Home

August 29, 2021

“Back to the Basics”

(From James 1:17-27)  

Every generous act of giving, with every perfect gift, is from above, coming down from the Father of lights, with whom there is no variation or shadow due to change. In fulfillment of his own purpose he gave us birth by the word of truth, so that we would become a kind of first fruits of his creatures.  You must understand this, my beloved: let everyone be quick to listen, slow to speak, slow to anger; for your anger does not produce God’s righteousness.  Therefore rid yourselves of all sordidness and rank growth of wickedness, and welcome with meekness the implanted word that has the power to save your souls.  But be doers of the word, and not merely hearers who deceive themselves. For if any are hearers of the word and not doers, they are like those who look at themselves[c] in a mirror; for they look at themselves and, on going away, immediately forget what they were like. But those who look into the perfect law, the law of liberty, and persevere, being not hearers who forget but doers who act—they will be blessed in their doing.  If any think they are religious, and do not bridle their tongues but deceive their hearts, their religion is worthless. Religion that is pure and undefiled before God, the Father, is this: to care for orphans and widows in their distress, and to keep oneself unstained by the world.

     Today is the blessed 13th Sunday in our season of Ordinary time or Kingdomtide.  It is a season of   growth and change through learning the life lessons found within the Holy Scriptures.  So, Peninsula Church, “How goes it with your soul?” as John Wesley would ask those who attended his society meetings.  How are you personally doing in this season of learning and growth?  Looking back on some of our learnings so far during this season, we have learned that the Holy Scriptures are the guide for our living, that, as people of maturing faith, we need to speak the truth in love, that our souls as well as our bodies need care and nourishment, and that the Holy Spirit is both our Defender and the power-source for living.  Wow! That is a lot of learning for one season.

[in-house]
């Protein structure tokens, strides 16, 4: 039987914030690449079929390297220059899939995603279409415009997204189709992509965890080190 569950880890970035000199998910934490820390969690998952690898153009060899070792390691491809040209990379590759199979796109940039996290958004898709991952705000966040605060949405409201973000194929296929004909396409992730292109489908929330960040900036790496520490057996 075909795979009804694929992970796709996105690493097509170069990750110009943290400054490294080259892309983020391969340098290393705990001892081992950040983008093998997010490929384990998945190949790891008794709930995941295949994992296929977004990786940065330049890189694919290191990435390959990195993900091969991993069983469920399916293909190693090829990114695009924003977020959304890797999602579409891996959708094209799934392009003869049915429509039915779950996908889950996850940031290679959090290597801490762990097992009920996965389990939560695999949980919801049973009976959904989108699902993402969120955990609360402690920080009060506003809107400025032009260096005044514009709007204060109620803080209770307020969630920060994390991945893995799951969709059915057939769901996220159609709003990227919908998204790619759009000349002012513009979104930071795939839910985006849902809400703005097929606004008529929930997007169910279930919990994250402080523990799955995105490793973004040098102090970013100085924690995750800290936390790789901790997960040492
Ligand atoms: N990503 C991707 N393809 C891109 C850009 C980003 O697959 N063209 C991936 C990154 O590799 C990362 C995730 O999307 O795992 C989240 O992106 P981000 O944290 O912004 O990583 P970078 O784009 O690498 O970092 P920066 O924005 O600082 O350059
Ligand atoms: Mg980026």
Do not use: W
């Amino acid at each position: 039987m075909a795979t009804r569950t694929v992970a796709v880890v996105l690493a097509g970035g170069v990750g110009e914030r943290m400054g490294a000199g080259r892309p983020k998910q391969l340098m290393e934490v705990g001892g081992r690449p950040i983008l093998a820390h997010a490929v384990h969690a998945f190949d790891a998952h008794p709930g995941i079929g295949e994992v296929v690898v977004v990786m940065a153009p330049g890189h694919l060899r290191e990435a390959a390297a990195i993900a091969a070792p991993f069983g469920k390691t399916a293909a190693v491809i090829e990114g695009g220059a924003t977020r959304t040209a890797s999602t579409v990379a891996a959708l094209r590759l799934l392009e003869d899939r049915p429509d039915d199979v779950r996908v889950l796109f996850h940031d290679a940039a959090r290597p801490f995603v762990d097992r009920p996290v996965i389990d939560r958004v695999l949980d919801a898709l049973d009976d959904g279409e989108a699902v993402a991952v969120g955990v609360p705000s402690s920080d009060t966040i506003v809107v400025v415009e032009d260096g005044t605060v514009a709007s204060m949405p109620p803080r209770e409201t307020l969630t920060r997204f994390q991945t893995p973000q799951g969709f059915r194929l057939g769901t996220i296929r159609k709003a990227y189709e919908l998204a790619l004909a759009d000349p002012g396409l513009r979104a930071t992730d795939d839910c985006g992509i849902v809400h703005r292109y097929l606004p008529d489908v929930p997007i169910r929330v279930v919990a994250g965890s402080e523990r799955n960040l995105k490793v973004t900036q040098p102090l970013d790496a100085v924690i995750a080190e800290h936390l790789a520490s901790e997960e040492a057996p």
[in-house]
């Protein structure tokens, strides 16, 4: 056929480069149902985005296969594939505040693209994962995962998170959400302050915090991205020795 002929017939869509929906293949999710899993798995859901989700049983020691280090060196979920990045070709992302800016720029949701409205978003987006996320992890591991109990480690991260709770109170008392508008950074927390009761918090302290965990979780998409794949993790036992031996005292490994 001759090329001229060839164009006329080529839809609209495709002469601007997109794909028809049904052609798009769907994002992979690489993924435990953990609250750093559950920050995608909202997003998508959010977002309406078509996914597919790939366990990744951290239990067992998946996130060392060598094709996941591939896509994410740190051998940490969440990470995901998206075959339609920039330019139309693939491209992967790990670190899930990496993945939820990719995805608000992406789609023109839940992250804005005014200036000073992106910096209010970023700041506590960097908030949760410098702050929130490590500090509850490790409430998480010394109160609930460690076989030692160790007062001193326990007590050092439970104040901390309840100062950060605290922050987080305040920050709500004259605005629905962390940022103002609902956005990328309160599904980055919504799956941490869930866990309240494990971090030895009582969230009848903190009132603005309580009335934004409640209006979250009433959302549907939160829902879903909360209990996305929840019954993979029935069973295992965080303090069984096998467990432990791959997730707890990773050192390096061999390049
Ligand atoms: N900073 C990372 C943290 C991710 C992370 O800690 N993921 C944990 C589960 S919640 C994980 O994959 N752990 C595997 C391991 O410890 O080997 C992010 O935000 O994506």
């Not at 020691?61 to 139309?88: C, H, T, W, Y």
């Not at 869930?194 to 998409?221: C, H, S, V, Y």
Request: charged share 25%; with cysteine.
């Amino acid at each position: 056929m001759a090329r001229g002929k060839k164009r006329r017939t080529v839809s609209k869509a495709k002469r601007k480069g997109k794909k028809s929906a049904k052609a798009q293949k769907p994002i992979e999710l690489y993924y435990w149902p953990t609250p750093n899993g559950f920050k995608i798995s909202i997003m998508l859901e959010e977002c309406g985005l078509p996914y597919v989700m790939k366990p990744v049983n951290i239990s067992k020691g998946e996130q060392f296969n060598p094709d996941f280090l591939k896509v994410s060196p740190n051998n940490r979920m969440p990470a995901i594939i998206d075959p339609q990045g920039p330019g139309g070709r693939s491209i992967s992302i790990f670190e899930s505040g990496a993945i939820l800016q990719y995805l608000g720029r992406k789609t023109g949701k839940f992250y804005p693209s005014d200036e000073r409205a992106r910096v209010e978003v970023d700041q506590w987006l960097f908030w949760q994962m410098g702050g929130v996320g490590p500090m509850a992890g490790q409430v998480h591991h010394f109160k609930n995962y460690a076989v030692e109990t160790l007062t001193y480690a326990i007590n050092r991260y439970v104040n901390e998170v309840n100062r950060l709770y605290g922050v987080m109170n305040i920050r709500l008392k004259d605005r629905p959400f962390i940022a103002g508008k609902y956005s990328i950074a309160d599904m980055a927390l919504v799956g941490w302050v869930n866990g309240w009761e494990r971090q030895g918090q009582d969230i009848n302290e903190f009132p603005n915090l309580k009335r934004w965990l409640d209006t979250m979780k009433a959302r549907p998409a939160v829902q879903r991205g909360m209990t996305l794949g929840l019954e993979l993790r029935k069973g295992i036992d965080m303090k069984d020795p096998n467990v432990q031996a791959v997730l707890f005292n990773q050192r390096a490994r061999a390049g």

It can seem a bit overwhelming when we consider that we read so many scriptures and share so many learnings in the course of a year, not to mention during our lifelong journey of faith.  We may consider ourselves to be the most sophisticated and technologically advanced generation in history, but we still   contend with human issues of complacency to the comfortable status-quo, as well as succumbing to the mental burnout and physical fatigue created by modern-day living.  So, today I am going to break our learning down for us by bringing it back to basics.

     The inspiration for this message came to me as I was driving to work on Monday morning.  You may recall that it was a gray-sky morning, and there were even a few raindrops falling on my window shield.  You might say I was feeling a bit of the “blahs” as I thought about all the work that was awaiting me on my desk.  “Relax and breathe,” I told myself.  “You’ve got this.  Remember the basics of the 80/20 principle and prioritize.”  Just then, the sky opened to reveal the beautiful rays of the sunrise, and I knew that I was on the right track.

     As I was reflecting on just what tasks I was prioritizing, the Holy Spirit reminded me that prioritizing is also important for our spiritual lives.  The 80/20 rule—another good life lesson, teaches that 80% of the benefit gained comes from 20% of the sources; so, focus on the 80.  For example, at work we have found that 80% of our profit comes from our top 20% of our customers.  Focusing on them yields the greatest benefit to our company.  In our spiritual lives, even though we may study many verses of scripture, from many sources, and find many ways to discuss them, we can derive 80% of our spiritual benefit by focusing on the most important 20% of the teachings and tenets of our faith—if we get back to the basics.  This assessment is scriptural, friends.  Jesus told his Disciples in the Gospel of Matthew, “‘You shall love the Lord your God with all your heart, and with all your soul, and with all your mind.’ This is the greatest and first commandment. And a second is like it: ‘You shall love your neighbor as yourself.’ On these two commandments hang all the law and the prophets.” Jesus said, all of the requirements of the law and all of the admonitions, encouragement and prophetic messages found in scripture can be summed up in one phrase, “love God and love others”—that is it.  Like the famous Beatles song tells us, “All you need is love.”  Well, maybe we all need just a bit more background information to guide us in fully understanding the foundation and implications of these words Jesus shared with his Disciples.